LONDON - A molecule which plays a vital role in determining whether a cell lives or dies has been identified by an international team of researchers. Dubbed the "central executioner" of the cell, the molecule's more formal name reflects its role in bringing about programmed cell death: apoptosis inducing factor (AIF).

AIF normally is found in the mitochondria of the cell, where it is thought to play a part in the normal metabolism of these organelles. But when cell death is required, AIF moves from the mitochondria to the nucleus, where it causes condensation of chromatin and fragmentation of DNA.

The discovery of AIF could open the way for new types of gene therapy for cancer, or lead to new drugs to prevent the loss of cells by apoptosis in conditions such as ischemia and infarction. A joint patent application on AIF has been issued by Thousand Oaks, Calif.-based Amgen Inc.'s Amgen Institute and the Ontario Cancer Research Institute, of Toronto, and the Centre National de la Recherche Scientifique (CNRS), in Villejuif, France, where much of the research was carried out.

Santos Susin of the CNRS - together with colleagues from Paris' Institut Pasteur, from the Amgen Institute and the Ontario Cancer Institute, and from the University of Washington in Seattle - reports the findings in a paper in the Feb. 4 issue of Nature. Its title: "Molecular characterization of mitochondrial apoptosis-inducing factor."

Guido Kroemer, research director at CNRS, told BioWorld International AIF is "probably one of the most important proteins involved in the regulation of apoptosis. It is a bifunctional protein. It has one normal metabolic function in the intermembrane space of the mitochondrion, as an oxidoreductase, and a second function - causing apoptosis - that is acquired when it leaks out of the mitochondrion and moves into the nucleus."

Kroemer and his colleagues at the CNRS and the Ontario Cancer Institute have already embarked on work to produce a knockout mouse that lacks functional AIF. "We want to find out whether absence of AIF or mutation of AIF causing abolition of its apoptogenic function will change the regulation of cell death," he said.

Research by Kroemer's group had already established that the membrane of the cell's mitochondria had to become permeable for apoptosis to occur. In addition, several studies had shown that the intermembrane space of mitochondria contained a variety of proteins that are released through the outer membrane and take part in apoptosis.

Probably Works In Antioxidant Pathway

The Nature paper reports on how AIF was identified and its gene cloned. The team also carried out several studies of the protein's function. The scientists found that, when they added recombinant AIF to isolated nuclei, the chromatin in these nuclei condensed, and the DNA broke up into large fragments. "We also know," Kroemer added, "that once AIF is released from the mitochondrion, it acts in cooperation with additional cytosolic factors on other mitochondria, causing them to release more AIF and other apoptogenic factors, including cytochrome C and caspase 9."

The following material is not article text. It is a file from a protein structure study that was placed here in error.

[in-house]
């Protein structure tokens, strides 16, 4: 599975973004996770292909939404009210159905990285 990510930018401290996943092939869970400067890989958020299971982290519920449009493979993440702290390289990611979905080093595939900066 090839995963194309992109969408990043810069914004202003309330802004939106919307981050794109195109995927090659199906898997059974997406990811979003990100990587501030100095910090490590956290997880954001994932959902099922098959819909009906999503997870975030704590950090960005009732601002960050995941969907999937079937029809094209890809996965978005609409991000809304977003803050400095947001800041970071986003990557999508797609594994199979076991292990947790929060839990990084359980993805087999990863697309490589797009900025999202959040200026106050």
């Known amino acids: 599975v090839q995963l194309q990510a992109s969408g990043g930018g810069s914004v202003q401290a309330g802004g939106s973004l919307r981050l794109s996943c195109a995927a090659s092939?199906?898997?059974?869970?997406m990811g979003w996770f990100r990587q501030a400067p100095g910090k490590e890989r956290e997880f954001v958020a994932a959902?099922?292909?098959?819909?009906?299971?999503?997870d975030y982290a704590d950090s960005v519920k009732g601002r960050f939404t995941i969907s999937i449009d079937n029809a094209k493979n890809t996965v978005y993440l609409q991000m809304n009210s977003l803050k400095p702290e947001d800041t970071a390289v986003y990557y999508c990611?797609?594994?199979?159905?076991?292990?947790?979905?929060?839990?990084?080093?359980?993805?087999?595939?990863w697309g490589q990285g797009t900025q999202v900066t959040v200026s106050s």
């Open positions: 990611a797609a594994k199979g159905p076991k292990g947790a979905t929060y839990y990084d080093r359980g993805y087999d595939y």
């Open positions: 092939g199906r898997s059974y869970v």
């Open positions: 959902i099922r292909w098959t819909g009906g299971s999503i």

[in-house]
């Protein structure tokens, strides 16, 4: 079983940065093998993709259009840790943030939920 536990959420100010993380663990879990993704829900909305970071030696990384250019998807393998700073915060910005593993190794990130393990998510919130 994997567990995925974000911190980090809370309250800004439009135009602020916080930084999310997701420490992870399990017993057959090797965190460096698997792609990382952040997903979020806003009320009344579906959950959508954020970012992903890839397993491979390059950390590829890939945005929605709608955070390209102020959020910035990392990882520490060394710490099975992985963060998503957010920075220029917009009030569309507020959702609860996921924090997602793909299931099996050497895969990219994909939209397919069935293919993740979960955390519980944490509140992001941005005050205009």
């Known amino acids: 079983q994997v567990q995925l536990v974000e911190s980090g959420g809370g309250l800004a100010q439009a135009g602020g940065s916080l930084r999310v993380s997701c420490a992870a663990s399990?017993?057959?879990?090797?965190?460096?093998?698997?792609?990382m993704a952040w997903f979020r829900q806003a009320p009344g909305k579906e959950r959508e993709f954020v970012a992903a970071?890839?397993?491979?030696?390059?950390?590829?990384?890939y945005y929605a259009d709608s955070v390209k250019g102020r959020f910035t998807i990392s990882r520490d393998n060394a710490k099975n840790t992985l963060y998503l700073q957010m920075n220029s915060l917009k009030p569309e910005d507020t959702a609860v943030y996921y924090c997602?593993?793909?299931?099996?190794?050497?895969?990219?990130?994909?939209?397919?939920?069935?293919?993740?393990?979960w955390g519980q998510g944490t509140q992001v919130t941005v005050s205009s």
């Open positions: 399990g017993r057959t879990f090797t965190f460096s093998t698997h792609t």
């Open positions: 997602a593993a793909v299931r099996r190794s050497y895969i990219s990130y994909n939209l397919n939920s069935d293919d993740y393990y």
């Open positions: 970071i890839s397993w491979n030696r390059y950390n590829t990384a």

In a "News and Views" article in the same issue of Nature, titled "A cellular poison cupboard," William Earnshaw, of the Institute of Cell and Molecular Biology at the University of Edinburgh, in the U.K., wrote that this paper, together with a second by Susin et al. (Journal of Experimental Medicine, 1999, 189:381-394), provides "convincing evidence that mitochondria are involved in many aspects of the death response. In fact, they lead to a view where the mitochondrion is both essential for a cell's life and the reservoir for key components involved in its death."

Kroemer said little is known about the function of AIF while it is within the mitochondrion. "We don't know exactly what it does," he said, "but it probably participates in some antioxidant protective pathway. Nor do we know the metabolic effect of absence of AIF from the mitochondria."

The team also wants to identify which proteins in the cytosol and the nucleus interact with AIF in order to bring about apoptosis.

It is possible, Kroemer said, that AIF is a tumor suppressor gene. If this turns out to be the case, he added, then AIF could be used for gene therapy of cancer. Another potential application could come from identifying compounds that inhibit AIF. "If we could find pharmacological inhibitors that selectively neutralize the apoptogenic effects of AIF, either by acting directly on AIF or by inhibiting the interaction of AIF with proteins in the cytosol or nucleus, then the result could be a class of cytoprotective drugs which could be used to treat conditions where there is an increased loss of cells, such as schema and infarction," Kroemer said.